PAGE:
Patient Safety Drives California Medical Association's Position on Cannabis

November 15, 2011


 

Last month, the California Medical Association (CMA) adopted an official position calling for the legalization and regulation of cannabis. According to an editorial in the Sacramento Bee by CMA president-elect Dr. Paul Phinney and CMA speaker of the house Dr. Luther Cobb, the adoption of this policy by the largest statewide physician organization in America is primarily a result of concern for patient safety as the present system of medical cannabis is "flawed, contradictory, and dangerously detached from scientific evidence...Until [it] is legalized, we cannot regulate it in a way that's safe for patient use."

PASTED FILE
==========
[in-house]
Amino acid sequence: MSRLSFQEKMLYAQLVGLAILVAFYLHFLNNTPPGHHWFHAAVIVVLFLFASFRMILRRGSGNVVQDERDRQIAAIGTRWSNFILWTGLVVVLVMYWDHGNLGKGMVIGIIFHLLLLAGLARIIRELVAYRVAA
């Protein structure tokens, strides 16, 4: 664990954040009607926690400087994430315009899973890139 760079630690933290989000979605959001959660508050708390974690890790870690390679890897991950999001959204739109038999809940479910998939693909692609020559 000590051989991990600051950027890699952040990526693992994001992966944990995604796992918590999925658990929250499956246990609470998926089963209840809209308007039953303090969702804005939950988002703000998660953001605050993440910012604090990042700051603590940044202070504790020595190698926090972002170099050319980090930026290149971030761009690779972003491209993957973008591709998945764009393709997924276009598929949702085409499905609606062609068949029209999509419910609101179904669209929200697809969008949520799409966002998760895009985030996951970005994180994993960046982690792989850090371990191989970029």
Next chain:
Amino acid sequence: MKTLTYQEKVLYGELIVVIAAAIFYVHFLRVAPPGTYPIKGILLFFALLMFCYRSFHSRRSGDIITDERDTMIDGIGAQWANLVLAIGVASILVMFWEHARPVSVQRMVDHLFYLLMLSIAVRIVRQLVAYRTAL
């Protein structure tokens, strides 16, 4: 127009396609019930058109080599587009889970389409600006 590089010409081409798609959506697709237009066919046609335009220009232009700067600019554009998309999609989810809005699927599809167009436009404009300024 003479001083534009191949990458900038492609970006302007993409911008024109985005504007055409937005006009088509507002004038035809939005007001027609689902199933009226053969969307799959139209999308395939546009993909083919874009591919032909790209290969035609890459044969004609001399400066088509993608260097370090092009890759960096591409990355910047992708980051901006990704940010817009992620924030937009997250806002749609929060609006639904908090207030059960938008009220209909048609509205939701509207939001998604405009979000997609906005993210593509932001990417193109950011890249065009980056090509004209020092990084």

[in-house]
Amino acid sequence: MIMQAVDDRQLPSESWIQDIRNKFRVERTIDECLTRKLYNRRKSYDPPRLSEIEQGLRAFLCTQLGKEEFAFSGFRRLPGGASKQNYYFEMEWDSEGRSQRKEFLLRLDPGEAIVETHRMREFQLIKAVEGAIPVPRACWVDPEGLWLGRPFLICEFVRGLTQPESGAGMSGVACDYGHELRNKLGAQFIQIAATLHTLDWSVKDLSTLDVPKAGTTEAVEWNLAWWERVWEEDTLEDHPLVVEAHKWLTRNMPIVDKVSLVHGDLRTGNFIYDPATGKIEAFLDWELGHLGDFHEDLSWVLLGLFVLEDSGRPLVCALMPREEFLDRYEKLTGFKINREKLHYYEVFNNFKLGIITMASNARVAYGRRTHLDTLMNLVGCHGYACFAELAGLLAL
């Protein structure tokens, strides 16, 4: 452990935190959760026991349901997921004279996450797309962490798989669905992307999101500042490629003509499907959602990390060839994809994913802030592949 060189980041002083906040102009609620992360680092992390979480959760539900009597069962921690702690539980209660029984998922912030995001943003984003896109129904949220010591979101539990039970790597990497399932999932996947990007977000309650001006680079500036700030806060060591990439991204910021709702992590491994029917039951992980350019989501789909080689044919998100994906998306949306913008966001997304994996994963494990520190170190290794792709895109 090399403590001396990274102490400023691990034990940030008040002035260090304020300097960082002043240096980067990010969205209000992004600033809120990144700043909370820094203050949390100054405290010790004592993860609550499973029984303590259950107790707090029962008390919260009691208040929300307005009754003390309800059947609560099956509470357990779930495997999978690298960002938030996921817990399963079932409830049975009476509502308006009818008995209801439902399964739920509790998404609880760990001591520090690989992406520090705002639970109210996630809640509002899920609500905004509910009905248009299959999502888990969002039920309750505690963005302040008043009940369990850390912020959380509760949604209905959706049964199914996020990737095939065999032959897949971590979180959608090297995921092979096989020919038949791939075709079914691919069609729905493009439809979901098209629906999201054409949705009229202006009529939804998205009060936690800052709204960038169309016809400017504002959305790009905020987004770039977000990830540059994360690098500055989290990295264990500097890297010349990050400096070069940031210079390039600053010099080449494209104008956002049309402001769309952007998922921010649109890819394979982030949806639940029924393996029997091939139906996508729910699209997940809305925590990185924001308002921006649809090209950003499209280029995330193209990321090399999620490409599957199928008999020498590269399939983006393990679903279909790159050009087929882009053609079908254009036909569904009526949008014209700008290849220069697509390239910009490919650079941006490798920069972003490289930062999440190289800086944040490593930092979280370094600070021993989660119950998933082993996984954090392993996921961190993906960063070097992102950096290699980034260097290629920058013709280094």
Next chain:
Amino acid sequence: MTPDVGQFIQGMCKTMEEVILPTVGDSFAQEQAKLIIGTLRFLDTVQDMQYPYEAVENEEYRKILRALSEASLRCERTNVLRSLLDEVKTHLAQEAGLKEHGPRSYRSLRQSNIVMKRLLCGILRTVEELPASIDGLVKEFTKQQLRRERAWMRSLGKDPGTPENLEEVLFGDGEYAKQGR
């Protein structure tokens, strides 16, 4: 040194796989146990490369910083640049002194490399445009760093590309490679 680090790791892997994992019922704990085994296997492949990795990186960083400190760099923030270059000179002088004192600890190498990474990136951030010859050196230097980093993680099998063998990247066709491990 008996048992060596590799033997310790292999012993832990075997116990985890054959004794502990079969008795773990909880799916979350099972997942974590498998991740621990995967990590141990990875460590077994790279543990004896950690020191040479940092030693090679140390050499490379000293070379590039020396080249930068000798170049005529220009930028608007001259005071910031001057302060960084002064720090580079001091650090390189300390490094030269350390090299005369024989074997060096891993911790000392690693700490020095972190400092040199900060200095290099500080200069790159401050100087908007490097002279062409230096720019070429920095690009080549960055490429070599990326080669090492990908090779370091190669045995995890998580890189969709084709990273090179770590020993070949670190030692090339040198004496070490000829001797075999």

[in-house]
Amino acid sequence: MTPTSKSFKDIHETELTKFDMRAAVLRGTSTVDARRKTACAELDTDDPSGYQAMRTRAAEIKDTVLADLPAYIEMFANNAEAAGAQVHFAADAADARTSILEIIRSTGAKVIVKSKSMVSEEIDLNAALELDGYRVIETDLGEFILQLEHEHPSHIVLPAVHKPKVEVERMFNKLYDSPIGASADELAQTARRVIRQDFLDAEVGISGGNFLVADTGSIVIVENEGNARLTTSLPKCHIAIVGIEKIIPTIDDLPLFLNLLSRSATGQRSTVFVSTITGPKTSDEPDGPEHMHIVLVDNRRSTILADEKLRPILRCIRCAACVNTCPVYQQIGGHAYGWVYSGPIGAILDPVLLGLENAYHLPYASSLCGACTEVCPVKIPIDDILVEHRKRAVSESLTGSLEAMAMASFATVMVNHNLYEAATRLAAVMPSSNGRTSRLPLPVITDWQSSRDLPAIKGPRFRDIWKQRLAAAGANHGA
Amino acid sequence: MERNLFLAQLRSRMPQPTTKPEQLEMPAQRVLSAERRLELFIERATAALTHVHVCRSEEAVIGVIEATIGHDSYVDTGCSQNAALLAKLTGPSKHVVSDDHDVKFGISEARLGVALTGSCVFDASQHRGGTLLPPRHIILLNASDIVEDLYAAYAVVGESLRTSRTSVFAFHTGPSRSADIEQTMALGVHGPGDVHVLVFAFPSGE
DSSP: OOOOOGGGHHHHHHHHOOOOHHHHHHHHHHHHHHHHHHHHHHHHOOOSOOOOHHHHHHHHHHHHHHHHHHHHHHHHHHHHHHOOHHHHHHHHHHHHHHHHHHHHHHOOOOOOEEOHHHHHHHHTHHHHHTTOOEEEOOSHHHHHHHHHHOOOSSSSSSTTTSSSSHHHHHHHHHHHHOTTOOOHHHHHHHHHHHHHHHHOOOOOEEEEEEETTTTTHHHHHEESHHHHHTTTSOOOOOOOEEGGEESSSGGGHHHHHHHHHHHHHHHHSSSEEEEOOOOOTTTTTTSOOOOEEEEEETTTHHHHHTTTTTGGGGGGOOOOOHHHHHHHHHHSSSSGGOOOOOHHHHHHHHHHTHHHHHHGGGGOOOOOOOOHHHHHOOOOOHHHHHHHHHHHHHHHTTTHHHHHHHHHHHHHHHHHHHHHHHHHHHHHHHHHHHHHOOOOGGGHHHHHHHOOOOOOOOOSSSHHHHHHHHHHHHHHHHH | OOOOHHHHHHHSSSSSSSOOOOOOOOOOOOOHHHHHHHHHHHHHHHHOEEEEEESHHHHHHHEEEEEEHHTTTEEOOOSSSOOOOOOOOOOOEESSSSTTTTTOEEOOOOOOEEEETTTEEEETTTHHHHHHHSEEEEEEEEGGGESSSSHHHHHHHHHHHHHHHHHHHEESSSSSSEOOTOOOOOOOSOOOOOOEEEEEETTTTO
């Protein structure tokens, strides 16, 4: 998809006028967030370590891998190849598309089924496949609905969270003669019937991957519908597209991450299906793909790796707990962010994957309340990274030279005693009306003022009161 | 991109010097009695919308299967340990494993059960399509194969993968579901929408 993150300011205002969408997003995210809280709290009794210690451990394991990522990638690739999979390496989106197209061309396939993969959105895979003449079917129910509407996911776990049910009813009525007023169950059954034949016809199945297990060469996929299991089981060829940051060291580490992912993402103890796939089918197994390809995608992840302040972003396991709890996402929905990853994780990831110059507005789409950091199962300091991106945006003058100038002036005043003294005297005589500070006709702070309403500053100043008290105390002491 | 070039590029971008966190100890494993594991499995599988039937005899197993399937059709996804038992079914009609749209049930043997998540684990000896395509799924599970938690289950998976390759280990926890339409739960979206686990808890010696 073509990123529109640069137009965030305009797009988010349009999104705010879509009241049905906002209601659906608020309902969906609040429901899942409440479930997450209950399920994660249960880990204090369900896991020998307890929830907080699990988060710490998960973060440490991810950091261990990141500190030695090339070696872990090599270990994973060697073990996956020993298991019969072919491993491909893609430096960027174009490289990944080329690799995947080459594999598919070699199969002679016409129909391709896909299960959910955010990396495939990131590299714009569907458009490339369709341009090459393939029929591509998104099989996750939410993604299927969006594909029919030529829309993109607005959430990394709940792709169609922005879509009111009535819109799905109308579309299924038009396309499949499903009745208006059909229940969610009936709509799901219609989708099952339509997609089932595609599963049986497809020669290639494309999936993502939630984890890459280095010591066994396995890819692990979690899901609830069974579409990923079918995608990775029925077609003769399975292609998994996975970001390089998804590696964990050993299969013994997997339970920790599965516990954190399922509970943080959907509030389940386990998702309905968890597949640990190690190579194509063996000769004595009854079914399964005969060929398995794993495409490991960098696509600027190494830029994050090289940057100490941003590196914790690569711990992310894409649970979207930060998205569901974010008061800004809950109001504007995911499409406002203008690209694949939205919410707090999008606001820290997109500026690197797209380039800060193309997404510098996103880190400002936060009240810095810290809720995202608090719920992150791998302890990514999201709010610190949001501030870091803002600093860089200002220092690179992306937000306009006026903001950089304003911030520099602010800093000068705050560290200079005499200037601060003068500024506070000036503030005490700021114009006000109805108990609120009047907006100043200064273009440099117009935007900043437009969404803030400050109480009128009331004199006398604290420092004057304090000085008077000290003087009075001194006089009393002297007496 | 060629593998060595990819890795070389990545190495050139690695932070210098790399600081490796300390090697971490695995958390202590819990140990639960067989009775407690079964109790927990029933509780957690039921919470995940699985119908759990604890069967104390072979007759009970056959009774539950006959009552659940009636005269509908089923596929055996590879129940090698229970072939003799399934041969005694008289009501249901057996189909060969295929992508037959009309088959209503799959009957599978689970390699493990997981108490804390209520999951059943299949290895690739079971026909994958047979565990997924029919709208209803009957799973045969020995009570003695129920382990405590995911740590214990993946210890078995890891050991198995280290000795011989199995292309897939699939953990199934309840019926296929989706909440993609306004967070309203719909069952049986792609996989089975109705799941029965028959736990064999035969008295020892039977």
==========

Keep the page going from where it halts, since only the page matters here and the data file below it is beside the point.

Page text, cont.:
Citing both a "lack of comprehensive scientific and medical research" as well as a fear of federal prosecution under the current state of cannabis, the CMA believes that by removing cannabis from Schedule I and allowing for research and regulation, they are "watching out for the good of the public health and the safety of [their] patients."  The organization's goal in calling for legalization is not to make the drug more widely available but instead to "create a strict regulatory system, ultimately limiting distribution and standardizing medical cannabis."

Hopefully for medical cannabis patients and advocates, the trend of seeing medical cannabis as a health issue rather than a legal or law enforcement one will continue to gain support from other public health organizations as the impact of the CMA's  new policy continues to spread.
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